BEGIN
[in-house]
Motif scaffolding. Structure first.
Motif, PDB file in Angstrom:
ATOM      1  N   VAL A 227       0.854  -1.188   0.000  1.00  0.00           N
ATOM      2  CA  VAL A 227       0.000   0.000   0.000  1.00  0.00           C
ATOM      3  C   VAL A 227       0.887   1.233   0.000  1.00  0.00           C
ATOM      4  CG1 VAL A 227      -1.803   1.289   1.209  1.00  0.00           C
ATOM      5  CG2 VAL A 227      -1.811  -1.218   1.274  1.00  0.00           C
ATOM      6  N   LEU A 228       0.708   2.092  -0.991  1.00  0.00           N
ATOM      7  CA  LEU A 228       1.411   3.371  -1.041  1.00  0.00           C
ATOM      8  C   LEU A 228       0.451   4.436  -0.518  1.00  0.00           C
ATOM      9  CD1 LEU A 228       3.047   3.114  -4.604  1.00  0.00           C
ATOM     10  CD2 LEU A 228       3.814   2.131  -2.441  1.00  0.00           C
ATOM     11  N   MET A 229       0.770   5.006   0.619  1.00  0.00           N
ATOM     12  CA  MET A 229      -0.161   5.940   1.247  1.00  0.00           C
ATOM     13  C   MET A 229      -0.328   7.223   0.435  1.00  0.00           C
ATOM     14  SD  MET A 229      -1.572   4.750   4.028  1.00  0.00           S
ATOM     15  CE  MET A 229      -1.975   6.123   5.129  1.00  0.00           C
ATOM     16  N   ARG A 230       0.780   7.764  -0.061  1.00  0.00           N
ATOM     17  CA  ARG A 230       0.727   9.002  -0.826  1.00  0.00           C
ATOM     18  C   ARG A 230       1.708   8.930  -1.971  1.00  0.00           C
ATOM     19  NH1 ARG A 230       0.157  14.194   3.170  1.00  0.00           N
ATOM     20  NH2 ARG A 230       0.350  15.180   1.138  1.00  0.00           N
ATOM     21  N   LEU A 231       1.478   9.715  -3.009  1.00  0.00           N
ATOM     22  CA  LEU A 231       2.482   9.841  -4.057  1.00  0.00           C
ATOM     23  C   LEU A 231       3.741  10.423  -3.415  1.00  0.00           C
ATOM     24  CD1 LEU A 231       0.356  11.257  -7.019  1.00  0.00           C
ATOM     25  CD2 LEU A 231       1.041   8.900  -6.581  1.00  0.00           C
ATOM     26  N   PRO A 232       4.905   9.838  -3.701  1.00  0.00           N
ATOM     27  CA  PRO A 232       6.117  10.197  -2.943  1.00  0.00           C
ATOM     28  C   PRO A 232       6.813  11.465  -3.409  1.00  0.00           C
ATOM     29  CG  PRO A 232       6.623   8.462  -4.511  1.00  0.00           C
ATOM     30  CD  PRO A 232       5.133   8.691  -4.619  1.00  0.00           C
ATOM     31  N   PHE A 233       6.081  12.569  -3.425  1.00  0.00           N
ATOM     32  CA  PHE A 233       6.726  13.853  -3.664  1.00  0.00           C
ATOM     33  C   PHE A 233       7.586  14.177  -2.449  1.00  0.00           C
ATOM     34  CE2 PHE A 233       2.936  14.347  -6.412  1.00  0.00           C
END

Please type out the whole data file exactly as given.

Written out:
[in-house]
Motif scaffolding. Structure first.
Motif, PDB file in Angstrom:
ATOM      1  N   VAL A 227       0.854  -1.188   0.000  1.00  0.00           N
ATOM      2  CA  VAL A 227       0.000   0.000   0.000  1.00  0.00           C
ATOM      3  C   VAL A 227       0.887   1.233   0.000  1.00  0.00           C
ATOM      4  CG1 VAL A 227      -1.803   1.289   1.209  1.00  0.00           C
ATOM      5  CG2 VAL A 227      -1.811  -1.218   1.274  1.00  0.00           C
ATOM      6  N   LEU A 228       0.708   2.092  -0.991  1.00  0.00           N
ATOM      7  CA  LEU A 228       1.411   3.371  -1.041  1.00  0.00           C
ATOM      8  C   LEU A 228       0.451   4.436  -0.518  1.00  0.00           C
ATOM      9  CD1 LEU A 228       3.047   3.114  -4.604  1.00  0.00           C
ATOM     10  CD2 LEU A 228       3.814   2.131  -2.441  1.00  0.00           C
ATOM     11  N   MET A 229       0.770   5.006   0.619  1.00  0.00           N
ATOM     12  CA  MET A 229      -0.161   5.940   1.247  1.00  0.00           C
ATOM     13  C   MET A 229      -0.328   7.223   0.435  1.00  0.00           C
ATOM     14  SD  MET A 229      -1.572   4.750   4.028  1.00  0.00           S
ATOM     15  CE  MET A 229      -1.975   6.123   5.129  1.00  0.00           C
ATOM     16  N   ARG A 230       0.780   7.764  -0.061  1.00  0.00           N
ATOM     17  CA  ARG A 230       0.727   9.002  -0.826  1.00  0.00           C
ATOM     18  C   ARG A 230       1.708   8.930  -1.971  1.00  0.00           C
ATOM     19  NH1 ARG A 230       0.157  14.194   3.170  1.00  0.00           N
ATOM     20  NH2 ARG A 230       0.350  15.180   1.138  1.00  0.00           N
ATOM     21  N   LEU A 231       1.478   9.715  -3.009  1.00  0.00           N
ATOM     22  CA  LEU A 231       2.482   9.841  -4.057  1.00  0.00           C
ATOM     23  C   LEU A 231       3.741  10.423  -3.415  1.00  0.00           C
ATOM     24  CD1 LEU A 231       0.356  11.257  -7.019  1.00  0.00           C
ATOM     25  CD2 LEU A 231       1.041   8.900  -6.581  1.00  0.00           C
ATOM     26  N   PRO A 232       4.905   9.838  -3.701  1.00  0.00           N
ATOM     27  CA  PRO A 232       6.117  10.197  -2.943  1.00  0.00           C
ATOM     28  C   PRO A 232       6.813  11.465  -3.409  1.00  0.00           C
ATOM     29  CG  PRO A 232       6.623   8.462  -4.511  1.00  0.00           C
ATOM     30  CD  PRO A 232       5.133   8.691  -4.619  1.00  0.00           C
ATOM     31  N   PHE A 233       6.081  12.569  -3.425  1.00  0.00           N
ATOM     32  CA  PHE A 233       6.726  13.853  -3.664  1.00  0.00           C
ATOM     33  C   PHE A 233       7.586  14.177  -2.449  1.00  0.00           C
ATOM     34  CE2 PHE A 233       2.936  14.347  -6.412  1.00  0.00           C